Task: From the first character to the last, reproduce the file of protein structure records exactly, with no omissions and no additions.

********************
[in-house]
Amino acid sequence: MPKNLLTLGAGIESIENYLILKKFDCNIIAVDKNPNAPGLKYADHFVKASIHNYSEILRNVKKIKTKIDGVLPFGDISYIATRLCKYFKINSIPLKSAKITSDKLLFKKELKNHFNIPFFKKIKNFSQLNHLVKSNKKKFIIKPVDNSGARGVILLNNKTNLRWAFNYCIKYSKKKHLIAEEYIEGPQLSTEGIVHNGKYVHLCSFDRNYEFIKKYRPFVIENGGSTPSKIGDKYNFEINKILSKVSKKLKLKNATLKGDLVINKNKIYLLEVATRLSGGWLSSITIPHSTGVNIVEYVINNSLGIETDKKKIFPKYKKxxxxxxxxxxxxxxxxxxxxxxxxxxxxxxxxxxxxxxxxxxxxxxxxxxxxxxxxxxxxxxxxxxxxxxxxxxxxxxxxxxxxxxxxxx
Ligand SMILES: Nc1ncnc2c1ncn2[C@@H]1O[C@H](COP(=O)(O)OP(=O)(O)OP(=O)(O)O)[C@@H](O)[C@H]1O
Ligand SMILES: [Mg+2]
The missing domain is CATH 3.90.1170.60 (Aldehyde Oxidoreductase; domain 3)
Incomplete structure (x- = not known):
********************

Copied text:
[in-house]
Amino acid sequence: MPKNLLTLGAGIESIENYLILKKFDCNIIAVDKNPNAPGLKYADHFVKASIHNYSEILRNVKKIKTKIDGVLPFGDISYIATRLCKYFKINSIPLKSAKITSDKLLFKKELKNHFNIPFFKKIKNFSQLNHLVKSNKKKFIIKPVDNSGARGVILLNNKTNLRWAFNYCIKYSKKKHLIAEEYIEGPQLSTEGIVHNGKYVHLCSFDRNYEFIKKYRPFVIENGGSTPSKIGDKYNFEINKILSKVSKKLKLKNATLKGDLVINKNKIYLLEVATRLSGGWLSSITIPHSTGVNIVEYVINNSLGIETDKKKIFPKYKKxxxxxxxxxxxxxxxxxxxxxxxxxxxxxxxxxxxxxxxxxxxxxxxxxxxxxxxxxxxxxxxxxxxxxxxxxxxxxxxxxxxxxxxxxx
Ligand SMILES: Nc1ncnc2c1ncn2[C@@H]1O[C@H](COP(=O)(O)OP(=O)(O)OP(=O)(O)O)[C@@H](O)[C@H]1O
Ligand SMILES: [Mg+2]
The missing domain is CATH 3.90.1170.60 (Aldehyde Oxidoreductase; domain 3)
Incomplete structure (x- = not known):